OFX appointed a new CEO in February. After 100 days at OFX, Skander Malcolm discusses how to tap employee capability and potential in the modern age.
It seems a little too simple to start off by saying that times have changed when it comes to how we are employed today. But it wasn’t all that long ago, less than one generation, when many employees often stayed with a single company for most of their life. There was less restructuring, and more continuity, and often the attitude of employees was one of gratitude; it was enough just to have a job.
Modern businesses are investing more in employee engagement than ever before, yet workplace satisfaction isn’t on the rise. It’s on the decline. Why?
Yves Morieux, partner at BCG, has presented a fascinating TedTalk where he explores hard and soft pillars of management, and lays out some of the reasons why companies fail to successfully integrate these commercially and emotionally skewed objectives of business. Morieux raises many astute points, which I would summarise as “modern corporations have complicated the lives of their employees so much that the collective workforce no longer has the ability to feel that they have contributed, or accomplished much.”
I agree with much of what is said by Morieux, particularly what he terms ‘the complicatedness’ of the modern workplace with so many competing objectives, deadlines and responsibilities. However, why do smaller companies also experience this drop off in engagement, given they are inherently less complicated, and what can we do about it?
Firstly, what is surprising to me is just because we are small, it doesn’t mean we are immune from being complicated! Worse, we do this to ourselves – lots of projects, unclear incentives, shifting priorities – they all are our contribution to ‘complicatedness’. So when you prioritise simplicity, focus, and clarity, you are really driving engagement.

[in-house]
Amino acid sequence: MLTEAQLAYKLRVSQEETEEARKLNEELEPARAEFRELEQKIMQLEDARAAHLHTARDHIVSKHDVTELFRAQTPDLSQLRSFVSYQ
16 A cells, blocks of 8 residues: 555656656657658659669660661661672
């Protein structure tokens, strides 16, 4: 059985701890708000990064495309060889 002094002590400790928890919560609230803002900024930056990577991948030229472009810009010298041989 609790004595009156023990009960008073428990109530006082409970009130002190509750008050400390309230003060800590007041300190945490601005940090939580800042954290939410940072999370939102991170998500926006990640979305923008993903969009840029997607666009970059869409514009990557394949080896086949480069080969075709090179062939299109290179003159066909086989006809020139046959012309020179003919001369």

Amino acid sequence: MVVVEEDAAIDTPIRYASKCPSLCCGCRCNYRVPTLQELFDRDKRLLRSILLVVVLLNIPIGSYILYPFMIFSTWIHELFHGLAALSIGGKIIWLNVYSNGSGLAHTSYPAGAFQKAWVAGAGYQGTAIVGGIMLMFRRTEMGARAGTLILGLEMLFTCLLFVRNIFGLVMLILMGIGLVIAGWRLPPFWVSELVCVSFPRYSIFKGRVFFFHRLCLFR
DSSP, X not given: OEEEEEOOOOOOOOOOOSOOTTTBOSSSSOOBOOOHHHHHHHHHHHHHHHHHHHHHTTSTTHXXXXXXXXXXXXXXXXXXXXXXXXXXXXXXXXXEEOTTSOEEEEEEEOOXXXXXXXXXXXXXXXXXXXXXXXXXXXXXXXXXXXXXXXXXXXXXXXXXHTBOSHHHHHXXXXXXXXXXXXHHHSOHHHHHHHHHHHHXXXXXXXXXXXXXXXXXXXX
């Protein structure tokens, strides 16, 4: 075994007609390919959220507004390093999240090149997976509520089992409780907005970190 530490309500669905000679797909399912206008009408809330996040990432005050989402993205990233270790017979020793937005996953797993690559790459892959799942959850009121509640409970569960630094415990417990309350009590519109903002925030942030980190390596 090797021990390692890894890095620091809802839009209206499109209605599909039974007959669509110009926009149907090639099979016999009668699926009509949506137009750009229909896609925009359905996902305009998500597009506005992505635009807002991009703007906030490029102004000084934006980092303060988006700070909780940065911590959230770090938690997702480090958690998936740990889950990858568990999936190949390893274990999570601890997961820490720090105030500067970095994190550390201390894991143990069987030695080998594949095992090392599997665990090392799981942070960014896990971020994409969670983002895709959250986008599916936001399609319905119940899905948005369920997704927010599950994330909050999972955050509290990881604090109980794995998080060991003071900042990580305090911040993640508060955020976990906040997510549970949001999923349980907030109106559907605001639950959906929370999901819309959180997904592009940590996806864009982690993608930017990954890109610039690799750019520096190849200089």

Every business will say, “We take employee engagement very seriously”, but can they articulate why? At OFX, it’s simple: we compete against organisations with big brands, deep pockets, and a strong position to defend. The only way we win is when we ‘out-compete’, through scrapping, innovating, collaborating our way past our competitors to win customers’ business. The only way we foster that is if our people feel engaged in the company, in their teammates’ purpose. So for us, engagement is not a buzz word driven by the Human Resource function, it’s a leadership responsibility, starting with me, and being part of every leader’s obligation to their respective team. It underpins ‘why we win’, in other words, disengagement effectively equals loss, for individuals and also for the company as a whole.
Bringing This To Life Does Not Happen By Accident.
First we listen – at OFX, we did surveys across staff to understand what matters, and we grouped the outcomes into four actionable areas. Then we asked leaders at all levels to create an action plan on ‘what good looks like’ for them. I own some of these actions, because the survey told us our people want better leadership at an Executive level.
We take action then we assess the impact we have had with pulse assessments – today I had an employee breakfast with leaders and staff of all levels, for example.
From ongoing assessment, direct feedback, and from our monthly internal company wide meetings, I can see and feel tangible progress. But what made me realise this team understands what we’re striving for was a statement made by one of our leaders – “I want OFX to be a place where we are known for achieving two or three great things every quarter, not explaining the twenty things we missed.” That’s engagement.
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